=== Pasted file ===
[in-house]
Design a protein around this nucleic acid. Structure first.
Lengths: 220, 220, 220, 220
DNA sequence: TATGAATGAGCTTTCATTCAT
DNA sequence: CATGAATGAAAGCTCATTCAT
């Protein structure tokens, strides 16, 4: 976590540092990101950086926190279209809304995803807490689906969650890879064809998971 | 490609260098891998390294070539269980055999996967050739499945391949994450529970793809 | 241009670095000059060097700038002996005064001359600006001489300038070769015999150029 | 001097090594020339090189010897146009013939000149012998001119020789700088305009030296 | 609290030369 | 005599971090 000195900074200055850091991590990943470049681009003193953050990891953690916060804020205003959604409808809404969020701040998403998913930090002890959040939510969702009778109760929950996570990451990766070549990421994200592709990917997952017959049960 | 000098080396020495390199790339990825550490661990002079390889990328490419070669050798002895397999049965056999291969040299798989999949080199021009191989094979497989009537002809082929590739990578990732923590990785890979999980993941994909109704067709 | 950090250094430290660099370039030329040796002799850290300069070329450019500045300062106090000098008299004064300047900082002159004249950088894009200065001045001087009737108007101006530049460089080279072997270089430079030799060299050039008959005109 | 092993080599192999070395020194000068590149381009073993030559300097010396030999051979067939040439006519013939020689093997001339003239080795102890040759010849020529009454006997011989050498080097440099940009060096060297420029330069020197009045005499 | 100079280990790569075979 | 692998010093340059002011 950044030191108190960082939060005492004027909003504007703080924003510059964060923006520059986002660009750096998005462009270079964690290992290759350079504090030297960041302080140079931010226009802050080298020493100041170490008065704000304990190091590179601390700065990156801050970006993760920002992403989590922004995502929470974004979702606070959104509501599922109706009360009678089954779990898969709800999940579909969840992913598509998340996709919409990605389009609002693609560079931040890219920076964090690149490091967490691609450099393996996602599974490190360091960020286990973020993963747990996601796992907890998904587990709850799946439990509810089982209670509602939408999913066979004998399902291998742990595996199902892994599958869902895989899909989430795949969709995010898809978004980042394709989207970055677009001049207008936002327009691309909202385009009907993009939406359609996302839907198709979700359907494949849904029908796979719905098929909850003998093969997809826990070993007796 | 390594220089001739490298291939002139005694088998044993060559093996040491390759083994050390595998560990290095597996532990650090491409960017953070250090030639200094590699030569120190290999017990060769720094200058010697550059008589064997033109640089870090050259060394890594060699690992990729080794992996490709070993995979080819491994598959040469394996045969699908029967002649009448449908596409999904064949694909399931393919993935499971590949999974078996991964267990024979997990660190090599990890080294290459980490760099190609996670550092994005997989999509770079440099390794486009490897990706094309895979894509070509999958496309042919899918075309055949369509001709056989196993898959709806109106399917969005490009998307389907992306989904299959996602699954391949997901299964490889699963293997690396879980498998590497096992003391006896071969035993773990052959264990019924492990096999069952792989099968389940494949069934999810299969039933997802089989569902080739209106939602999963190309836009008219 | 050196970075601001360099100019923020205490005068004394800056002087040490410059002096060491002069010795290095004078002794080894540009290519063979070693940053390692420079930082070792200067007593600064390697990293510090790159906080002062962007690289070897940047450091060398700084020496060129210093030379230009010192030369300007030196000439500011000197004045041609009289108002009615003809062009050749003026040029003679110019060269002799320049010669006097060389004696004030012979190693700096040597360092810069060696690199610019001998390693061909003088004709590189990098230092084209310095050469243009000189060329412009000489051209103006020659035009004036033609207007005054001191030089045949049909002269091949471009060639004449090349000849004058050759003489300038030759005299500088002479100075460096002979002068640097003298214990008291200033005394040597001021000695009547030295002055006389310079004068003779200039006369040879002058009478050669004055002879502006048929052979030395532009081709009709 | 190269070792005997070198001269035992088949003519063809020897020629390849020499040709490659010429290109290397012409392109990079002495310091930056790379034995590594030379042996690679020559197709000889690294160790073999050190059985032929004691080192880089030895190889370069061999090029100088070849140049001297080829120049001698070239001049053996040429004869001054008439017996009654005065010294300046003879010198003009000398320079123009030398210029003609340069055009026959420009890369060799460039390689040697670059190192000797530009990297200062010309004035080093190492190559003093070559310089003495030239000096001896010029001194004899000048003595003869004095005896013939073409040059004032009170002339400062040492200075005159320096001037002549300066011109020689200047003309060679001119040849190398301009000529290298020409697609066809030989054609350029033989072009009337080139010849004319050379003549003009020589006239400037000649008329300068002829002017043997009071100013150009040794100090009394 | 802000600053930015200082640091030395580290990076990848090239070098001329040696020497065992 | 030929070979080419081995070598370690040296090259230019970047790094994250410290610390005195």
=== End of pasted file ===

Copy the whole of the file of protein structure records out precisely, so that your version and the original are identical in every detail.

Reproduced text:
[in-house]
Design a protein around this nucleic acid. Structure first.
Lengths: 220, 220, 220, 220
DNA sequence: TATGAATGAGCTTTCATTCAT
DNA sequence: CATGAATGAAAGCTCATTCAT
């Protein structure tokens, strides 16, 4: 976590540092990101950086926190279209809304995803807490689906969650890879064809998971 | 490609260098891998390294070539269980055999996967050739499945391949994450529970793809 | 241009670095000059060097700038002996005064001359600006001489300038070769015999150029 | 001097090594020339090189010897146009013939000149012998001119020789700088305009030296 | 609290030369 | 005599971090 000195900074200055850091991590990943470049681009003193953050990891953690916060804020205003959604409808809404969020701040998403998913930090002890959040939510969702009778109760929950996570990451990766070549990421994200592709990917997952017959049960 | 000098080396020495390199790339990825550490661990002079390889990328490419070669050798002895397999049965056999291969040299798989999949080199021009191989094979497989009537002809082929590739990578990732923590990785890979999980993941994909109704067709 | 950090250094430290660099370039030329040796002799850290300069070329450019500045300062106090000098008299004064300047900082002159004249950088894009200065001045001087009737108007101006530049460089080279072997270089430079030799060299050039008959005109 | 092993080599192999070395020194000068590149381009073993030559300097010396030999051979067939040439006519013939020689093997001339003239080795102890040759010849020529009454006997011989050498080097440099940009060096060297420029330069020197009045005499 | 100079280990790569075979 | 692998010093340059002011 950044030191108190960082939060005492004027909003504007703080924003510059964060923006520059986002660009750096998005462009270079964690290992290759350079504090030297960041302080140079931010226009802050080298020493100041170490008065704000304990190091590179601390700065990156801050970006993760920002992403989590922004995502929470974004979702606070959104509501599922109706009360009678089954779990898969709800999940579909969840992913598509998340996709919409990605389009609002693609560079931040890219920076964090690149490091967490691609450099393996996602599974490190360091960020286990973020993963747990996601796992907890998904587990709850799946439990509810089982209670509602939408999913066979004998399902291998742990595996199902892994599958869902895989899909989430795949969709995010898809978004980042394709989207970055677009001049207008936002327009691309909202385009009907993009939406359609996302839907198709979700359907494949849904029908796979719905098929909850003998093969997809826990070993007796 | 390594220089001739490298291939002139005694088998044993060559093996040491390759083994050390595998560990290095597996532990650090491409960017953070250090030639200094590699030569120190290999017990060769720094200058010697550059008589064997033109640089870090050259060394890594060699690992990729080794992996490709070993995979080819491994598959040469394996045969699908029967002649009448449908596409999904064949694909399931393919993935499971590949999974078996991964267990024979997990660190090599990890080294290459980490760099190609996670550092994005997989999509770079440099390794486009490897990706094309895979894509070509999958496309042919899918075309055949369509001709056989196993898959709806109106399917969005490009998307389907992306989904299959996602699954391949997901299964490889699963293997690396879980498998590497096992003391006896071969035993773990052959264990019924492990096999069952792989099968389940494949069934999810299969039933997802089989569902080739209106939602999963190309836009008219 | 050196970075601001360099100019923020205490005068004394800056002087040490410059002096060491002069010795290095004078002794080894540009290519063979070693940053390692420079930082070792200067007593600064390697990293510090790159906080002062962007690289070897940047450091060398700084020496060129210093030379230009010192030369300007030196000439500011000197004045041609009289108002009615003809062009050749003026040029003679110019060269002799320049010669006097060389004696004030012979190693700096040597360092810069060696690199610019001998390693061909003088004709590189990098230092084209310095050469243009000189060329412009000489051209103006020659035009004036033609207007005054001191030089045949049909002269091949471009060639004449090349000849004058050759003489300038030759005299500088002479100075460096002979002068640097003298214990008291200033005394040597001021000695009547030295002055006389310079004068003779200039006369040879002058009478050669004055002879502006048929052979030395532009081709009709 | 190269070792005997070198001269035992088949003519063809020897020629390849020499040709490659010429290109290397012409392109990079002495310091930056790379034995590594030379042996690679020559197709000889690294160790073999050190059985032929004691080192880089030895190889370069061999090029100088070849140049001297080829120049001698070239001049053996040429004869001054008439017996009654005065010294300046003879010198003009000398320079123009030398210029003609340069055009026959420009890369060799460039390689040697670059190192000797530009990297200062010309004035080093190492190559003093070559310089003495030239000096001896010029001194004899000048003595003869004095005896013939073409040059004032009170002339400062040492200075005159320096001037002549300066011109020689200047003309060679001119040849190398301009000529290298020409697609066809030989054609350029033989072009009337080139010849004319050379003549003009020589006239400037000649008329300068002829002017043997009071100013150009040794100090009394 | 802000600053930015200082640091030395580290990076990848090239070098001329040696020497065992 | 030929070979080419081995070598370690040296090259230019970047790094994250410290610390005195």